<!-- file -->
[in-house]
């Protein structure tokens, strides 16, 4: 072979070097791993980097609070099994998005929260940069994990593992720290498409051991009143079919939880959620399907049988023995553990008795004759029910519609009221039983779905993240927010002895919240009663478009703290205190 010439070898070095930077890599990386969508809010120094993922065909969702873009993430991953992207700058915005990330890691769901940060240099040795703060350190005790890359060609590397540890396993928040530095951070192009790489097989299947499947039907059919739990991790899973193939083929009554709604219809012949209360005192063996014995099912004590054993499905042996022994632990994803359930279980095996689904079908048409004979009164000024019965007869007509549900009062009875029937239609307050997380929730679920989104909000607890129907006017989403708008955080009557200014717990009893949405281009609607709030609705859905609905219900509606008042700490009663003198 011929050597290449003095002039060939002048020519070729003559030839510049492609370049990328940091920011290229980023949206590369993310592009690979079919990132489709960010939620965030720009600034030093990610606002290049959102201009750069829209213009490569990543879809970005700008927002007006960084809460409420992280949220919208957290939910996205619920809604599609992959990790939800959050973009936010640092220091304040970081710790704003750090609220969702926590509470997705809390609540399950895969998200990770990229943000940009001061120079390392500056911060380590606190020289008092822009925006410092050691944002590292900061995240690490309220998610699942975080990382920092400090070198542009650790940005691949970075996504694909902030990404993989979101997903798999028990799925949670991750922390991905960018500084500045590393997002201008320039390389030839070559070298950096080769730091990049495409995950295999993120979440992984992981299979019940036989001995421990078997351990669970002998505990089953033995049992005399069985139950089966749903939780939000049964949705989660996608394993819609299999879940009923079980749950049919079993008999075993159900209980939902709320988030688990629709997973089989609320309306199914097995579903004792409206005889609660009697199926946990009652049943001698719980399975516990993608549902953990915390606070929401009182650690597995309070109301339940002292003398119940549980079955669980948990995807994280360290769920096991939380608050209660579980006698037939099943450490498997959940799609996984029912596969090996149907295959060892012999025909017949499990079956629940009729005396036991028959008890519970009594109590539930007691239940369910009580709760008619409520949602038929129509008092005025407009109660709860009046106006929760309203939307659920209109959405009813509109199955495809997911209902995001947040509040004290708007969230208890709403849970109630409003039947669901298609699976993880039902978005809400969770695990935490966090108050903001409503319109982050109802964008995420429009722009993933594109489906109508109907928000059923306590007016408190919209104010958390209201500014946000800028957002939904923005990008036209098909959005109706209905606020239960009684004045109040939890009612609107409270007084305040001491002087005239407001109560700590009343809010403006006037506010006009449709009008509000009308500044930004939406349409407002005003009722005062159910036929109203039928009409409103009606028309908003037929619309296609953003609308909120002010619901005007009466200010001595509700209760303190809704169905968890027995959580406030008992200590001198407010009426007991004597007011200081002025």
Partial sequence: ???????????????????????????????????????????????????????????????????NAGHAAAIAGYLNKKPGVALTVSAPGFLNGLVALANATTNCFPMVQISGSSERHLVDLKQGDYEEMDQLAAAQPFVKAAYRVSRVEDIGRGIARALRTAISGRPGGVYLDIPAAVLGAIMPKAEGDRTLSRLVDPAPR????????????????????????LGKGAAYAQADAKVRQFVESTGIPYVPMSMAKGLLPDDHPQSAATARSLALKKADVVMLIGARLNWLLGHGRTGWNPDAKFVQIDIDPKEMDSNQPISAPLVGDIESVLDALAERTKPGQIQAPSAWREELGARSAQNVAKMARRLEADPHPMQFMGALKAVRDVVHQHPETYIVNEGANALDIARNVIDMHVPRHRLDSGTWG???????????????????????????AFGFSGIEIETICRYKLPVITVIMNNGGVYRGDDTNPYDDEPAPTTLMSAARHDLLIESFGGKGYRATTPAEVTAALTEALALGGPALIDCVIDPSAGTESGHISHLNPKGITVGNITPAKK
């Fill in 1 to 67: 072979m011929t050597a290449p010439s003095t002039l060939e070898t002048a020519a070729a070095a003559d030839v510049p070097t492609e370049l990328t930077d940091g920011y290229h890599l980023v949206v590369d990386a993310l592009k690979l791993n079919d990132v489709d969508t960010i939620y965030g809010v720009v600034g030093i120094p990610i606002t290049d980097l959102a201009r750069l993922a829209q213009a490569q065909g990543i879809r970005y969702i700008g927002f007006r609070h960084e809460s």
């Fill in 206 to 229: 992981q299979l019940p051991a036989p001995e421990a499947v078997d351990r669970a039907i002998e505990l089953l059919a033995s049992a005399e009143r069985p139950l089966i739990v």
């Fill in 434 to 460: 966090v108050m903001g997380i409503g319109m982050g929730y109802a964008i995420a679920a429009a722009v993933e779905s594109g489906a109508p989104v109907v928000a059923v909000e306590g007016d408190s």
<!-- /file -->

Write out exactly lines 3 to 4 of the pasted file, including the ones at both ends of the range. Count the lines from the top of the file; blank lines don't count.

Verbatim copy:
Partial sequence: ???????????????????????????????????????????????????????????????????NAGHAAAIAGYLNKKPGVALTVSAPGFLNGLVALANATTNCFPMVQISGSSERHLVDLKQGDYEEMDQLAAAQPFVKAAYRVSRVEDIGRGIARALRTAISGRPGGVYLDIPAAVLGAIMPKAEGDRTLSRLVDPAPR????????????????????????LGKGAAYAQADAKVRQFVESTGIPYVPMSMAKGLLPDDHPQSAATARSLALKKADVVMLIGARLNWLLGHGRTGWNPDAKFVQIDIDPKEMDSNQPISAPLVGDIESVLDALAERTKPGQIQAPSAWREELGARSAQNVAKMARRLEADPHPMQFMGALKAVRDVVHQHPETYIVNEGANALDIARNVIDMHVPRHRLDSGTWG???????????????????????????AFGFSGIEIETICRYKLPVITVIMNNGGVYRGDDTNPYDDEPAPTTLMSAARHDLLIESFGGKGYRATTPAEVTAALTEALALGGPALIDCVIDPSAGTESGHISHLNPKGITVGNITPAKK
């Fill in 1 to 67: 072979m011929t050597a290449p010439s003095t002039l060939e070898t002048a020519a070729a070095a003559d030839v510049p070097t492609e370049l990328t930077d940091g920011y290229h890599l980023v949206v590369d990386a993310l592009k690979l791993n079919d990132v489709d969508t960010i939620y965030g809010v720009v600034g030093i120094p990610i606002t290049d980097l959102a201009r750069l993922a829209q213009a490569q065909g990543i879809r970005y969702i700008g927002f007006r609070h960084e809460s």